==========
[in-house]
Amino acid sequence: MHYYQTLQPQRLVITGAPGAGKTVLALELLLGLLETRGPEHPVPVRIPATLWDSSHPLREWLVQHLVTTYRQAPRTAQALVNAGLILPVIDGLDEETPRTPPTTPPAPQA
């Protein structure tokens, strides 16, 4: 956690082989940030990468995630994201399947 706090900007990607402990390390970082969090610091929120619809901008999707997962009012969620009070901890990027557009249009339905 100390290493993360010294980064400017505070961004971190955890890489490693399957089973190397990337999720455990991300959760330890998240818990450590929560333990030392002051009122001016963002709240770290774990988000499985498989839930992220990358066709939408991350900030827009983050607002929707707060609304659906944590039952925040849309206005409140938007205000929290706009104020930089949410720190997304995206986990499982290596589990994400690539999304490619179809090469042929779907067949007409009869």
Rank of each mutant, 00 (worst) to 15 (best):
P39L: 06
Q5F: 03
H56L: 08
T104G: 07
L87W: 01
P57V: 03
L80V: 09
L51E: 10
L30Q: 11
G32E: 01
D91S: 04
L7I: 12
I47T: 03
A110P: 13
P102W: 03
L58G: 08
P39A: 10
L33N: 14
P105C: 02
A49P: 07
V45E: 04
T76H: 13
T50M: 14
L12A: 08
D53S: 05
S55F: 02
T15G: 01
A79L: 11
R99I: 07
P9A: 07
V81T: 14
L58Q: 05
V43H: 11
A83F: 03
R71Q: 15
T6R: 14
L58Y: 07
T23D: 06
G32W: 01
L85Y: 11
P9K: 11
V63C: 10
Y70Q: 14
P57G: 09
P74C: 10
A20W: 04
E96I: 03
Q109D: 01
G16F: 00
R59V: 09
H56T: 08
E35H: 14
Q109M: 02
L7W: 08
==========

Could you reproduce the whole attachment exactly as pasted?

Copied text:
[in-house]
Amino acid sequence: MHYYQTLQPQRLVITGAPGAGKTVLALELLLGLLETRGPEHPVPVRIPATLWDSSHPLREWLVQHLVTTYRQAPRTAQALVNAGLILPVIDGLDEETPRTPPTTPPAPQA
């Protein structure tokens, strides 16, 4: 956690082989940030990468995630994201399947 706090900007990607402990390390970082969090610091929120619809901008999707997962009012969620009070901890990027557009249009339905 100390290493993360010294980064400017505070961004971190955890890489490693399957089973190397990337999720455990991300959760330890998240818990450590929560333990030392002051009122001016963002709240770290774990988000499985498989839930992220990358066709939408991350900030827009983050607002929707707060609304659906944590039952925040849309206005409140938007205000929290706009104020930089949410720190997304995206986990499982290596589990994400690539999304490619179809090469042929779907067949007409009869």
Rank of each mutant, 00 (worst) to 15 (best):
P39L: 06
Q5F: 03
H56L: 08
T104G: 07
L87W: 01
P57V: 03
L80V: 09
L51E: 10
L30Q: 11
G32E: 01
D91S: 04
L7I: 12
I47T: 03
A110P: 13
P102W: 03
L58G: 08
P39A: 10
L33N: 14
P105C: 02
A49P: 07
V45E: 04
T76H: 13
T50M: 14
L12A: 08
D53S: 05
S55F: 02
T15G: 01
A79L: 11
R99I: 07
P9A: 07
V81T: 14
L58Q: 05
V43H: 11
A83F: 03
R71Q: 15
T6R: 14
L58Y: 07
T23D: 06
G32W: 01
L85Y: 11
P9K: 11
V63C: 10
Y70Q: 14
P57G: 09
P74C: 10
A20W: 04
E96I: 03
Q109D: 01
G16F: 00
R59V: 09
H56T: 08
E35H: 14
Q109M: 02
L7W: 08